Certain activities can make you ineligible for a U.S. visa. The Nonimmigrant Visa Application, Form DS-156 or Online Form DS-160, lists some categories of persons who are ineligible under U.S. law to receive visas. In some instances an applicant who is ineligible, but who is otherwise properly classifiable for a certain type of visa, may apply for a waiver of ineligibility and be issued a visa if the waiver is approved. Classes of Aliens Ineligible to Receive Visas, provides important information about ineligibilities, by reviewing sections of the law taken from the Immigration and Nationality Act.
If the consular officer should find it necessary to deny the issuance of a visa, the applicant may apply again if there is new evidence to overcome the basis for the refusal. For additional information, select Denials. In the absence of new evidence, consular officers are not obliged to re-examine such cases.
A visa allows a foreign citizen coming from abroad, to travel to the United States port-of entry and request permission to enter the U.S. Applicants should be aware that a visa does not guarantee entry into the United States. The Department of Homeland Security, U.S. Customs and Border Protection (CBP) officials have authority to permit or deny admission to the United States. If you are allowed to enter the U.S., the CBP official will determine the length of your visit on the Arrival-Departure Record (Form I-94). Since Form I-94 documents your authorized stay in the U.S., it’s very important to keep in your passport. In advance of travel, prospective travelers should review important information about Admissions/Entry requirements, as well as information related to restrictions about bringing food, agricultural products or other restricted/prohibited goods explained on the Department of Homeland Security, Customs and Border Protection website. Upon arrival (at an international airport, seaport or land border crossing), you will be enrolled in the US-VISIT entry-exit program. In addition, some travelers will also need to register their entry into and their departure from the U.S. with the Special Registration program.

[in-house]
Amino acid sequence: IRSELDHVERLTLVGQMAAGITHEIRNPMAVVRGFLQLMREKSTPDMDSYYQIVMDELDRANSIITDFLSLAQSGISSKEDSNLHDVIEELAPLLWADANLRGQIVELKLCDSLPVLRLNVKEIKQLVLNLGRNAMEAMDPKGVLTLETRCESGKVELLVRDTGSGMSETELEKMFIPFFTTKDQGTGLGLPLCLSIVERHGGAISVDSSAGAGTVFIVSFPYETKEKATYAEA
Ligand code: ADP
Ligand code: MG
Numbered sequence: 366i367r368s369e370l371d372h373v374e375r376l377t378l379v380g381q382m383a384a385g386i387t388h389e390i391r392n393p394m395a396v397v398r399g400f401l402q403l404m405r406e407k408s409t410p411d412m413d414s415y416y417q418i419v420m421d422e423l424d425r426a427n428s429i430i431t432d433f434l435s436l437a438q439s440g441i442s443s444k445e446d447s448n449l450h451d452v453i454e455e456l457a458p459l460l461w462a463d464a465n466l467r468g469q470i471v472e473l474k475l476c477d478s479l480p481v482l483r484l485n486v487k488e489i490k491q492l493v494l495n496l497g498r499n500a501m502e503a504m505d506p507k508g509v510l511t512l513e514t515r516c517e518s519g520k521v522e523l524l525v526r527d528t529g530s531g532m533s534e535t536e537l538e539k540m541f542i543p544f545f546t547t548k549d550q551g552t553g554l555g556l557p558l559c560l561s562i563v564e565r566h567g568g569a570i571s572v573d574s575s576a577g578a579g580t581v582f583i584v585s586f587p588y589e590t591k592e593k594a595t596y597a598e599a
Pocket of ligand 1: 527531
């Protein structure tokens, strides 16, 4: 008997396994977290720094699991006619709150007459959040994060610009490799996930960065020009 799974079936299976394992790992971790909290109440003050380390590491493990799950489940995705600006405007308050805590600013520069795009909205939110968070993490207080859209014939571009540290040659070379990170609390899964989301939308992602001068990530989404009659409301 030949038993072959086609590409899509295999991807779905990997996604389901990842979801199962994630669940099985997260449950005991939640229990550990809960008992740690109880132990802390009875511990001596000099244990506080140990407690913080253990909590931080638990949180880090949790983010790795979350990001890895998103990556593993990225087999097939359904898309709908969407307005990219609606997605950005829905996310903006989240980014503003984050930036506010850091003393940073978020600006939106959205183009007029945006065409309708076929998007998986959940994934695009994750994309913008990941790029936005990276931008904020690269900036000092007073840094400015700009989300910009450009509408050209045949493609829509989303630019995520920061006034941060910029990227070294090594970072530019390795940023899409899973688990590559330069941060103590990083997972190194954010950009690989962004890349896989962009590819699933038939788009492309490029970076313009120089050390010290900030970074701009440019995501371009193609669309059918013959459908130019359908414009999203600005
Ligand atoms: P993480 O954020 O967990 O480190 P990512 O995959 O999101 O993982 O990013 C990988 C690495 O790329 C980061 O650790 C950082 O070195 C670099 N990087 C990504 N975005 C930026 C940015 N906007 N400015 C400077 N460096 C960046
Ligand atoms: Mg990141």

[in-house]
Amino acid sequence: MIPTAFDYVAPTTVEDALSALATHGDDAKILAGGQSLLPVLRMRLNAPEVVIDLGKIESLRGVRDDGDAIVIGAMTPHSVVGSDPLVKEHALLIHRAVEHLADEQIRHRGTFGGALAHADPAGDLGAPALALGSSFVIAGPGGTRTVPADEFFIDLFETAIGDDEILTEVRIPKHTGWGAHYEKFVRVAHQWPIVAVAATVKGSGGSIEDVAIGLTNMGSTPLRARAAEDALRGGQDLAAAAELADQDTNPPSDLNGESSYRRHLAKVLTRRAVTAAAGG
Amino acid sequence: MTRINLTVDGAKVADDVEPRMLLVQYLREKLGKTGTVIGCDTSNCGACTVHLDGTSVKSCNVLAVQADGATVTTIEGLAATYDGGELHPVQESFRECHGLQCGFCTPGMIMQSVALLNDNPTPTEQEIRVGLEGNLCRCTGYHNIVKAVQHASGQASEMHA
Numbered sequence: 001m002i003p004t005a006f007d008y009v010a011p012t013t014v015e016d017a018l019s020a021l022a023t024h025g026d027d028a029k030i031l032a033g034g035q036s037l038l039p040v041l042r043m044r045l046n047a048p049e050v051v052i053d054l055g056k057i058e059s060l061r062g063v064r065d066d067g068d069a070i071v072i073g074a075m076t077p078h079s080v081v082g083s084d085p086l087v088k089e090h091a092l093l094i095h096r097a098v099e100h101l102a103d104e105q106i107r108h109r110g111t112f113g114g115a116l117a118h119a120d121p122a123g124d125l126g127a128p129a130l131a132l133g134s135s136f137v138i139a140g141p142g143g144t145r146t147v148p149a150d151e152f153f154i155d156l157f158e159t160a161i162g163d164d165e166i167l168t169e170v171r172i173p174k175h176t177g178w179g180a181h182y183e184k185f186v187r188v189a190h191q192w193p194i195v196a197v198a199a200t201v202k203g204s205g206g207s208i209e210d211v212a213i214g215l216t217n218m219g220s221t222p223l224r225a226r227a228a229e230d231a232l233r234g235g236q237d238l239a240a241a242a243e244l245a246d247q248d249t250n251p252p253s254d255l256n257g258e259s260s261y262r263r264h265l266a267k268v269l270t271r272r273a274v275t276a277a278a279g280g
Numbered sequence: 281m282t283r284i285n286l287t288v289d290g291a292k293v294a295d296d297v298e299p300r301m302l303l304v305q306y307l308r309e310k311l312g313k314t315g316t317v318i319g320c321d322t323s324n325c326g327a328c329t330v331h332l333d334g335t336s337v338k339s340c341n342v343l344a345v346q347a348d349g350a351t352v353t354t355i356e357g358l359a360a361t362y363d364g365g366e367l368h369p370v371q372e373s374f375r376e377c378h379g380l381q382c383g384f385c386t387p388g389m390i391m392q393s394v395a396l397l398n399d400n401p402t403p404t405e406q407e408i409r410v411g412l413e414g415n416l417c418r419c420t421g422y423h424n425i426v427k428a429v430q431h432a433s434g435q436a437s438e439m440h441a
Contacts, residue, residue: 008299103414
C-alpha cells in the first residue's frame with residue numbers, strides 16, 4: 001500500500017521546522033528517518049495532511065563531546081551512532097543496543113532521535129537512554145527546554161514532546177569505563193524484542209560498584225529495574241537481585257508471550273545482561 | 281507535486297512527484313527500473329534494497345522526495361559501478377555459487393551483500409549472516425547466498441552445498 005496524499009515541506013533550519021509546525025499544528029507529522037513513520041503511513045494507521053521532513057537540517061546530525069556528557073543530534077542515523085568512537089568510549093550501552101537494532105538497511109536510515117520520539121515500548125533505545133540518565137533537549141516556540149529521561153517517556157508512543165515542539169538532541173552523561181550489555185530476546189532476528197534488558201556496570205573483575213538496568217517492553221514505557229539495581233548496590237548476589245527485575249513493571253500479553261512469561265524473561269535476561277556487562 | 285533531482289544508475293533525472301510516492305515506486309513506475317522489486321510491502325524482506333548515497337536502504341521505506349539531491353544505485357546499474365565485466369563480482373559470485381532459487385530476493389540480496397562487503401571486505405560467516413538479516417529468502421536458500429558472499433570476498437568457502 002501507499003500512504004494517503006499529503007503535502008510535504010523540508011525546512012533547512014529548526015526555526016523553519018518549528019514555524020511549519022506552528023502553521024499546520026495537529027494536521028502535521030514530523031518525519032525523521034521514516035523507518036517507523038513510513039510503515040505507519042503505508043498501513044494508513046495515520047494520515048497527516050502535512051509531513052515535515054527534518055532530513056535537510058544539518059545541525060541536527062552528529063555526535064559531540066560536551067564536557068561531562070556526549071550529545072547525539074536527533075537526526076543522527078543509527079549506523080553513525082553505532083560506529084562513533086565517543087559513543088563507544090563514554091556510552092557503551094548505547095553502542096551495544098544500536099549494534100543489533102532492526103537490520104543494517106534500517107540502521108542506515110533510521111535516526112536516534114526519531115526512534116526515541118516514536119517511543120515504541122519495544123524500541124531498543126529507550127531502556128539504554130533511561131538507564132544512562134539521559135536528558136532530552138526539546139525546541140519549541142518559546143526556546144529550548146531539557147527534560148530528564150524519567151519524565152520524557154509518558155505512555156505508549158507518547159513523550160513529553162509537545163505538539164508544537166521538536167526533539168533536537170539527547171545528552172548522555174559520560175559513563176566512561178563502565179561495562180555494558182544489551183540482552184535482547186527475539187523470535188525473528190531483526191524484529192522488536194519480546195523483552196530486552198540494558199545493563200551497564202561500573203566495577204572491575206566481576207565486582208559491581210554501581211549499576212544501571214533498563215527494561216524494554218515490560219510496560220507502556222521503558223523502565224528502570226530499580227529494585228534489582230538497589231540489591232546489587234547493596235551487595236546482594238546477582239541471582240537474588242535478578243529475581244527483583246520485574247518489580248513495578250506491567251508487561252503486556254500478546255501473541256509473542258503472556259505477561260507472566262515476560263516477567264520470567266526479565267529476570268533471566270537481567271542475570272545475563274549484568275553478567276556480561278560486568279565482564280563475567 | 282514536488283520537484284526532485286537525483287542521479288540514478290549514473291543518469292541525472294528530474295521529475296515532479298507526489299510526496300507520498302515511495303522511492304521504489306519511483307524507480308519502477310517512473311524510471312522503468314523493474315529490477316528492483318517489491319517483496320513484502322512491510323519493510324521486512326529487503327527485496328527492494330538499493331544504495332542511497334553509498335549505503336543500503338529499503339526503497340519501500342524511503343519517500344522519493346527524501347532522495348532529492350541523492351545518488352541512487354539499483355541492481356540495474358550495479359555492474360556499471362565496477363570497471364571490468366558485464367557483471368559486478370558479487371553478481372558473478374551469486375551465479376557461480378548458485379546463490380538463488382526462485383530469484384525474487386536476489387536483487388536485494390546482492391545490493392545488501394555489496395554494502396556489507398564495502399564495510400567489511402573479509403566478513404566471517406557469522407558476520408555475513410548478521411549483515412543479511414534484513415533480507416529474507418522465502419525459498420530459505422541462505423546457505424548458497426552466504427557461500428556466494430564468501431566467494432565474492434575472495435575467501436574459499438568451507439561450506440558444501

Visitors who wish to stay beyond the date indicated on their Form I-94 are required to have approval by USCIS. See Extend Your Stay on this website.
Some nonimmigrant visa holders, while present in the U.S., are able to file a request which must be approved by USCIS to change to another nonimmigrant category. See Change My Nonimmigrant Status on this website.
Important Note: Filing a request with USCIS for approval of change of status before your authorized stay expires, while you remain in the U.S., does not by itself require the visa holder to apply for a new visa. However, if you cannot remain in the U.S. while USCIS processes your change of status request, you will need to apply for a nonimmigrant visa at a U.S. Embassy or Consulate abroad.
Questions on visa application procedures and visa ineligibilities should be made to the American consular office abroad by the applicant. Before submitting your inquiry, we request that you carefully review this website and also the Embassy Consular web site abroad. Very often you will find the information you need.
If your inquiry concerns a visa case in progress overseas, you should first contact the U.S. Embassy or Consulate handling your case for status information. Select U.S. Embassy or Consulate, and you can choose the Embassy or Consulate Internet site you need to contact.
Moses Apsan and his staff, based in New York City and Newark, NJ provide exceptional legal services throughout the world, in all aspects of immigration to the United States, including non-immigrant (temporary visas), immigrant visa (Green Card) and deportation defense. In addition Mr. Apsan, has been practicing Bankruptcy law and Divorce laws for over 35 years, He was the President of the Federal Bar Association, New Jersey Chapter (1997-2002). He speaks Portuguese and Spanish..